Can banning plastic straws really save the sea turtles? A group of ETH students has a more ambitious project to reduce marine plastic pollution: With their Autonomous River Cleanup platform, they want to filter plastic out of rivers, before it even reaches the ocean. Look out for their prototype on the Limmat this summer! by Riccardo Giacomello
Over five trillion plastic particles float in the oceans – far more than the number of stars in our galaxy. Together they exceed the weight of a quarter million tons. This affects not only the marine fauna, but also us humans: “On average we consume around five grams of plastic per week, via microplastics in our drinking water and sea salt as well as the consumption of seafood. This is equivalent to one credit card”, says Hendrik Kolvenbach, postdoc in space robotics at ETH. “Man can fly to the moon, but cannot keep the waters of his home planet clean.” This paradox motivated him to contribute to the project ARC (Autonomous River Cleanup). Its ambitious goal is to rid the world’s rivers of plastic waste.
Students take action
The project is run by students of ETH who share a common motivation: to develop a bachelor-, master- or semester-thesis that has particular relevance for real-world issues and is concerned with sustainability. They have diverse backgrounds such as energy science, mechanical engineering, or material science. Each of them works independently on their part to the solution within one of the three components of ARC: the detection of plastic waste, its horizontal and vertical concentration, and its extraction and sorting on a vessel or a platform. For instance, Adrian Ensmenger dedicates his master-thesis in fluid dynamics to a bubble barrier that concentrates plastic waste in rivers. Including the volunteers who help with the technical implementation, a total of 18 students are involved.
On the lookout for further partnerships
“It’s exciting to work with such a motivated team”, says co-leader Ariane Gubser, who coordinates the project in a duo with robotics student Fidel Esquivel. The latter founded ARC in 2019 together with test leader Joachim Schaeffer upon a request coming from industry to his professor Marco Hutter. The assistance of PhD students, postdocs and professors as well as the link to companies continues to be vital for ARC, especially with regard to funding. Financial support is currently provided by the Austrian firm Ecolymer, but the students are looking out for further possible partners. The practical tests that now follow the initial phase of theory and lab experiments will hopefully generate media attention and pave the way towards partnerships with industry and public administration. Many a company could even be interested in plastic waste as a resource. In summer, as a first step, the components will be tested in the Limmat, where the students hope to replicate the positive findings of the lab experiments. For this, they construct a platform of twelve meters length, much shorter than the original idea of a 31-meter-vessel. In a next step, further tests in other European countries will show how the technology could be integrated in local waste management systems. The final aim is to go global.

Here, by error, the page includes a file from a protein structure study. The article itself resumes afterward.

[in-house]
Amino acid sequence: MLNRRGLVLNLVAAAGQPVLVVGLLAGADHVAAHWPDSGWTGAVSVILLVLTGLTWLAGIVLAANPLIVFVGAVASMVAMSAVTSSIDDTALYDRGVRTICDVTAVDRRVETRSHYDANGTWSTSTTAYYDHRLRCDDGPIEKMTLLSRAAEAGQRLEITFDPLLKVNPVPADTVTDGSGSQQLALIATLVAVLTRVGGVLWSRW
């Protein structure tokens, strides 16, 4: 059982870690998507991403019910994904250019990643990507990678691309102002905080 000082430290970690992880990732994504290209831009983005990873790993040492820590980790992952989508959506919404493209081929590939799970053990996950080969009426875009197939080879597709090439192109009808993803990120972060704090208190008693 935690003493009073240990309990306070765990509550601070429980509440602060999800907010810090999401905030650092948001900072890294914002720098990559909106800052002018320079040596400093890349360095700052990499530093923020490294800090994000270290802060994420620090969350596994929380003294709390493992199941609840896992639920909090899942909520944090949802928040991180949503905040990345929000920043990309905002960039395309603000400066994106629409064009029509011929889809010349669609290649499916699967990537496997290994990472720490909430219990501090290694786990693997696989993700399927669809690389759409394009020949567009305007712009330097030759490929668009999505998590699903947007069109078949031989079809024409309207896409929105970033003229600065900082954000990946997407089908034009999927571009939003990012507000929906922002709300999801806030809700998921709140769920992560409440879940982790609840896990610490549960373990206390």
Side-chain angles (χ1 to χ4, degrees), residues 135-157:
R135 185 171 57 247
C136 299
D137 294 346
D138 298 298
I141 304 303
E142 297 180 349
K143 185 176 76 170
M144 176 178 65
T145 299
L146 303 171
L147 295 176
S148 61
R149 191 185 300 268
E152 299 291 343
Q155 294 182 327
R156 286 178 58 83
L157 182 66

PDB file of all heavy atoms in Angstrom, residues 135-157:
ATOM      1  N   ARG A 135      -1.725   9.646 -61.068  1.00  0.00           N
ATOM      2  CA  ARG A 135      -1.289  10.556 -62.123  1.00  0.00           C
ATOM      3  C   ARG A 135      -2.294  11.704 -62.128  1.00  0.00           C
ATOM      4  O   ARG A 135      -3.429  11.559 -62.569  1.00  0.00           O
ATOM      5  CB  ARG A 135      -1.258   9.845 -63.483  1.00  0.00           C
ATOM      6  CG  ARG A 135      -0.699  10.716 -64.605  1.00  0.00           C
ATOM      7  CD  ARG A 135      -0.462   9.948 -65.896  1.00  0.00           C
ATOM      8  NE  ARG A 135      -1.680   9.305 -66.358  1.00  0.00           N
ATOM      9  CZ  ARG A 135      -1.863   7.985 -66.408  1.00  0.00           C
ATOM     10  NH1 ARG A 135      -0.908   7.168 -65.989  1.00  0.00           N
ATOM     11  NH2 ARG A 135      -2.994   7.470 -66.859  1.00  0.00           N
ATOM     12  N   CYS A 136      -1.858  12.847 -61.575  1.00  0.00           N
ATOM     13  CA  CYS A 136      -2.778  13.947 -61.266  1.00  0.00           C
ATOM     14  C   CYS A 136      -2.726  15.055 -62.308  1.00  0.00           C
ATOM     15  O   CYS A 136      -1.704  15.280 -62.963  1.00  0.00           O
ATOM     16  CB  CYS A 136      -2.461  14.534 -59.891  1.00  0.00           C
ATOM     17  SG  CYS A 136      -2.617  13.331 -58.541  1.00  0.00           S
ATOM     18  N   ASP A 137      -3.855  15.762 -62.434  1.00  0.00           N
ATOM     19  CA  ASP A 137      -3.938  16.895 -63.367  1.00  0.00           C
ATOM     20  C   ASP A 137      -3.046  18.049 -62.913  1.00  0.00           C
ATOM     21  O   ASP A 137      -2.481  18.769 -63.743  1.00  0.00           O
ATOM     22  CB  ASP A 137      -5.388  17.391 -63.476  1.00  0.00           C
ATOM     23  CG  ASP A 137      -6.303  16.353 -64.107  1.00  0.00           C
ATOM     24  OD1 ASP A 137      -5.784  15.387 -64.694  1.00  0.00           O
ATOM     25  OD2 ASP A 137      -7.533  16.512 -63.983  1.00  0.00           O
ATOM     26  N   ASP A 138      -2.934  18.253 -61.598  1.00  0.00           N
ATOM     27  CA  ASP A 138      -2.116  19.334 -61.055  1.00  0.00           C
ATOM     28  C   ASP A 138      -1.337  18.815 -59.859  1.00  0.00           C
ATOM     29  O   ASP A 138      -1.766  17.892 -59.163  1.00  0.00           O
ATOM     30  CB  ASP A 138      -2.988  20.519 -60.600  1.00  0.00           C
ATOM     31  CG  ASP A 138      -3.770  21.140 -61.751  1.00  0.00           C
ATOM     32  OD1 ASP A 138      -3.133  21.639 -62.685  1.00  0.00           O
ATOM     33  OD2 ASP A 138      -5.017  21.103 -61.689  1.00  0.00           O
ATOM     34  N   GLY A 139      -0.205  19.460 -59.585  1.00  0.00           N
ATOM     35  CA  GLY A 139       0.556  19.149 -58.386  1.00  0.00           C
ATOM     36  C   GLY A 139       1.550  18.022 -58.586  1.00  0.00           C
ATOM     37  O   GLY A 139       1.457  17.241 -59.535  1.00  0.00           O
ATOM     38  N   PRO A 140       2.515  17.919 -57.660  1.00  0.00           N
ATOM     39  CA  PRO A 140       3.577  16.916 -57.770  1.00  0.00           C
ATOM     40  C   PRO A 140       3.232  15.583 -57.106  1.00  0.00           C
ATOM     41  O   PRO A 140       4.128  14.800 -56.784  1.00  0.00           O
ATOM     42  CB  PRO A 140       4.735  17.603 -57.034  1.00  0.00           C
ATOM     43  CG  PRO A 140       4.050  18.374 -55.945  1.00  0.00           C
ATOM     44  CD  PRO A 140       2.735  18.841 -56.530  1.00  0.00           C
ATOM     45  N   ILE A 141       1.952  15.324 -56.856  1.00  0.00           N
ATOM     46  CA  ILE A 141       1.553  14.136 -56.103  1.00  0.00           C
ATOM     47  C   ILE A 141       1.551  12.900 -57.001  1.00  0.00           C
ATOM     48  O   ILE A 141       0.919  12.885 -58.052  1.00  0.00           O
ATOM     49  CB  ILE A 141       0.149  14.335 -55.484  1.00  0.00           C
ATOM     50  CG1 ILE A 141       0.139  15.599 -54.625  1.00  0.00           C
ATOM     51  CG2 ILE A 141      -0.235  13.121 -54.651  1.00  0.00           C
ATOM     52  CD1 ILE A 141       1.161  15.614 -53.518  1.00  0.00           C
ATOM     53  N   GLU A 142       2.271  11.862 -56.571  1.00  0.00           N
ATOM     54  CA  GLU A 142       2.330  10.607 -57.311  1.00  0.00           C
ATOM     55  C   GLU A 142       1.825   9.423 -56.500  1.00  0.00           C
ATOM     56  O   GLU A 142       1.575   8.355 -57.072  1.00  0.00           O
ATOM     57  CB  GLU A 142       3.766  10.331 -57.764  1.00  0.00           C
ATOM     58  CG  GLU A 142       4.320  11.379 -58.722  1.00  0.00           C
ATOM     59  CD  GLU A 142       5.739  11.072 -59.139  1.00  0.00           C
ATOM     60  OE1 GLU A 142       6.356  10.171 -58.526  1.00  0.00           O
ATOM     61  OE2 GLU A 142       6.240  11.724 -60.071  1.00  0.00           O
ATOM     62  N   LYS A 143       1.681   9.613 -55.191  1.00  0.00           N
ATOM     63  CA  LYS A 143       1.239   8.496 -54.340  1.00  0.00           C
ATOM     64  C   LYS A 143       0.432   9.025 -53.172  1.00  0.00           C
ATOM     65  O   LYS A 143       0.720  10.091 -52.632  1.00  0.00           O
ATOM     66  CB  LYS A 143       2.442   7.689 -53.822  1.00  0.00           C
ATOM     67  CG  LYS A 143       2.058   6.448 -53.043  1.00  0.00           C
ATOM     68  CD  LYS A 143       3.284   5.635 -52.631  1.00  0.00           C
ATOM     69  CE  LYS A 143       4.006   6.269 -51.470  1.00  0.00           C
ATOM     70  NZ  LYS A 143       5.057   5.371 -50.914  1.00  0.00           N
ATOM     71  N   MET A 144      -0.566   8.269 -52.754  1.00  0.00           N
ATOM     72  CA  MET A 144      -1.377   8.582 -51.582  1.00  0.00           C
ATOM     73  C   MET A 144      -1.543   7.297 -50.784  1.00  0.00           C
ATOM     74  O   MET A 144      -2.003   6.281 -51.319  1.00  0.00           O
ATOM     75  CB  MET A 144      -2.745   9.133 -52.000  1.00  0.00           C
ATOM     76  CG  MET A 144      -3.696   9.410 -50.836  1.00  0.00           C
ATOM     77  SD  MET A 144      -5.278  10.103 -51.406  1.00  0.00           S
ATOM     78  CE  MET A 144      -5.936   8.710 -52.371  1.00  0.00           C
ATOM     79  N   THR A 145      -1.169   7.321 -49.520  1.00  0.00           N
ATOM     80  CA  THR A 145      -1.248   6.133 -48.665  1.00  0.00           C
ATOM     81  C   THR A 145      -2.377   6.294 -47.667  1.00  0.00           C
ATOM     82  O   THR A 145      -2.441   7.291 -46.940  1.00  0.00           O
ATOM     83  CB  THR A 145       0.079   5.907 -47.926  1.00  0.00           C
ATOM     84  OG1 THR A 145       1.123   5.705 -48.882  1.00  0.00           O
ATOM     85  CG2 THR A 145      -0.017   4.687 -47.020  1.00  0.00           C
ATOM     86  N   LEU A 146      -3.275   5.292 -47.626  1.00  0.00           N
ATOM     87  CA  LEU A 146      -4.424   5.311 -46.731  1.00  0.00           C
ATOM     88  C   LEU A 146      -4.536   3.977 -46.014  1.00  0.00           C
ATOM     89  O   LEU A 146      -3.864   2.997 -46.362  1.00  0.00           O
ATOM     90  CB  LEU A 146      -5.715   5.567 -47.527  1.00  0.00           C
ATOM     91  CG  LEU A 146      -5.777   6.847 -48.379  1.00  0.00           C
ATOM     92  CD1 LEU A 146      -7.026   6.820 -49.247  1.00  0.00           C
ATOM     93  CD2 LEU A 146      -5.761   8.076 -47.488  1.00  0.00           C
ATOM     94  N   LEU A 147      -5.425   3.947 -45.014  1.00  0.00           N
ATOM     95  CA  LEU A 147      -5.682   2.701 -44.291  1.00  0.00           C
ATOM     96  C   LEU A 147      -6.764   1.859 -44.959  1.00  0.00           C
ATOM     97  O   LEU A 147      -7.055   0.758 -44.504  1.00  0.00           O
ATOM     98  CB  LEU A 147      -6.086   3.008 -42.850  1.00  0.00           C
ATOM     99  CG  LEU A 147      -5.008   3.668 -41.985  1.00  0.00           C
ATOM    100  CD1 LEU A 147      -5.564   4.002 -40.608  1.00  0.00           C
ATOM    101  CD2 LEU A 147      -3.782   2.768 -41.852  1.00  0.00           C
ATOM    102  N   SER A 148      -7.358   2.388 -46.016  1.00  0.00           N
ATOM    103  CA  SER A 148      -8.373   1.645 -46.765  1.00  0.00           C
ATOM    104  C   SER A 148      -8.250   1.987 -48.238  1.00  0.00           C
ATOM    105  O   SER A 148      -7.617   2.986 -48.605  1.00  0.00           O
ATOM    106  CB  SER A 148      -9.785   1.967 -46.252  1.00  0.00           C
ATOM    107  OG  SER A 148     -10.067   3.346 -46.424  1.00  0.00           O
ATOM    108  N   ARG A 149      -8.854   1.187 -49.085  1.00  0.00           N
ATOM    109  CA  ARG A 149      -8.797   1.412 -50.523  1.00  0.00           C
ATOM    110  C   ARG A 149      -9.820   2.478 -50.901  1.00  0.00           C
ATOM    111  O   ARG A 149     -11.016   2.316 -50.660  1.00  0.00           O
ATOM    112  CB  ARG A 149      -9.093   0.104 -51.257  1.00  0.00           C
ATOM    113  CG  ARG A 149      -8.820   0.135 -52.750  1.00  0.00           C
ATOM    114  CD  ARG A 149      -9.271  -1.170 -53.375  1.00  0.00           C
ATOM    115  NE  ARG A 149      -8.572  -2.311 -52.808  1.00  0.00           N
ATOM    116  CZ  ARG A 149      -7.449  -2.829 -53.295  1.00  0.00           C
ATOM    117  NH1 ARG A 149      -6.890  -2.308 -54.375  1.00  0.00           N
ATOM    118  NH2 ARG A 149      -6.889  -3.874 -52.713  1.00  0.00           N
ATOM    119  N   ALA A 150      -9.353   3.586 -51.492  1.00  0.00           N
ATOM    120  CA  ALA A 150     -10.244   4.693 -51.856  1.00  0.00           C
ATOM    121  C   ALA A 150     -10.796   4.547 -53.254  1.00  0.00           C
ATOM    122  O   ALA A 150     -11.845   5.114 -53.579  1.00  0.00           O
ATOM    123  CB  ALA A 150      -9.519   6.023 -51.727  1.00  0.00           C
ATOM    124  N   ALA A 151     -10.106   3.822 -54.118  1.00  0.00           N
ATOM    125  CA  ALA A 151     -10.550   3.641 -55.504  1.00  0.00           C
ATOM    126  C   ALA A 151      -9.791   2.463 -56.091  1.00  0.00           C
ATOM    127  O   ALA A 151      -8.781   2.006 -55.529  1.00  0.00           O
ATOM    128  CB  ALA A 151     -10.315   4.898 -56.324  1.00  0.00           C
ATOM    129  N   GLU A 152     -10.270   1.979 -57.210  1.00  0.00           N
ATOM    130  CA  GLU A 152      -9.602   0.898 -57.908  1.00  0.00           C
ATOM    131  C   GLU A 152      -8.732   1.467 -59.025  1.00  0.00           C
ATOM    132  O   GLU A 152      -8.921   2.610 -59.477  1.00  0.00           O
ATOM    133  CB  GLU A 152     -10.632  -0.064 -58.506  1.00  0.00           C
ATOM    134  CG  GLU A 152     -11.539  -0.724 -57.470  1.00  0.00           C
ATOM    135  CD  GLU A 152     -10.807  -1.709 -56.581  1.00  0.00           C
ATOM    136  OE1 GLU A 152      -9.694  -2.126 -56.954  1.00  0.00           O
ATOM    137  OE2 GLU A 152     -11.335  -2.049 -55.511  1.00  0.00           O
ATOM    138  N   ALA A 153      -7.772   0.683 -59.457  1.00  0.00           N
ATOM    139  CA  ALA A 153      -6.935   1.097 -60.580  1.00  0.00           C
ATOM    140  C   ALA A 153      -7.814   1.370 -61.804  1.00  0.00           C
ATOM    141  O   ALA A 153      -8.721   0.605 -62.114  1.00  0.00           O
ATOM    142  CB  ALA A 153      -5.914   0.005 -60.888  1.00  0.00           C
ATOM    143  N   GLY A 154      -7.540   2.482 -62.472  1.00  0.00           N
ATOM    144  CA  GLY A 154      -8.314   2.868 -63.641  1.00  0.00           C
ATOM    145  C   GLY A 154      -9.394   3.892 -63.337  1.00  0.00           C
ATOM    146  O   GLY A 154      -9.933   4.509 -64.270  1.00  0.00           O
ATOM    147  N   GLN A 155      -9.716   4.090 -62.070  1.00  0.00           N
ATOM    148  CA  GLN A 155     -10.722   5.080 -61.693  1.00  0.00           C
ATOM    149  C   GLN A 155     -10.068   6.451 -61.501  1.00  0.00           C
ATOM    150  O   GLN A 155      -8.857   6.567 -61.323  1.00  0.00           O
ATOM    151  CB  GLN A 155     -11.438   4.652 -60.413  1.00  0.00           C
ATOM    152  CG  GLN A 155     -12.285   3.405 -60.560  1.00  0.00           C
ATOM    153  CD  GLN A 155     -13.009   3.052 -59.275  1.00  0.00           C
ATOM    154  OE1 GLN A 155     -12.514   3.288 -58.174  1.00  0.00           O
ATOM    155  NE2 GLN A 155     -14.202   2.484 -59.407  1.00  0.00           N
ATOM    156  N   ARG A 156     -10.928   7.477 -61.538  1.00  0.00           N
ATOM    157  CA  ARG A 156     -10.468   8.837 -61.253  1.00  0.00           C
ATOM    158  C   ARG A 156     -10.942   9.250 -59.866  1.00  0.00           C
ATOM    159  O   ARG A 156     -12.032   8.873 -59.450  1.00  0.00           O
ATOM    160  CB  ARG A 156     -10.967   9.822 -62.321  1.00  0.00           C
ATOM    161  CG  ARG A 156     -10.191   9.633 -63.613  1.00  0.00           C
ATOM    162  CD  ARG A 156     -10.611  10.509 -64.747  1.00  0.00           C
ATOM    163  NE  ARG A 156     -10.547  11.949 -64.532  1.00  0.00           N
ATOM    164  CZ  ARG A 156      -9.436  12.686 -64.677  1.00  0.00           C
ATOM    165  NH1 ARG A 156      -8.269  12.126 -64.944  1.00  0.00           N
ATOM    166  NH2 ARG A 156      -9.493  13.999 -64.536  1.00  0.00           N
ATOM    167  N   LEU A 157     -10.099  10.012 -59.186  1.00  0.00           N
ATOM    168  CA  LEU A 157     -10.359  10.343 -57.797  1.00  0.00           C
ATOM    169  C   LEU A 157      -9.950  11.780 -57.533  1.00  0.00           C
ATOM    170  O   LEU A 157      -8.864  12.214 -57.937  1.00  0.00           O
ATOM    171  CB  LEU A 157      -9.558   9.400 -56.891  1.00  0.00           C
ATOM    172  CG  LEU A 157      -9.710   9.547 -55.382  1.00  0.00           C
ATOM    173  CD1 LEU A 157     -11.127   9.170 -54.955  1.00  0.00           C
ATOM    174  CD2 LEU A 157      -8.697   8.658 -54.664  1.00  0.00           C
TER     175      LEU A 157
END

Polluted rivers are the source of the problem
But why do they tackle pollution in rivers instead of oceans? “Once plastic has reached the ocean, it quickly decomposes to microplastics and sinks, rendering extraction very difficult”, they say. “In rivers, the particles are much larger.” Moreover, rivers literally are the source of the problem: around 50% of all plastic waste in the oceans comes from them, and the ten dirtiest ones contribute 90% to this pollution. Such estimates are still very vague (and, by the way, ARC wants to improve them), but one thing is clear: here, concentrated action with limited effort can have a huge impact – and truly make the world cleaner.
Riccardo Giacomello, 25, studies comparative and international science. If he had any idea of engineering, he would probably join the project.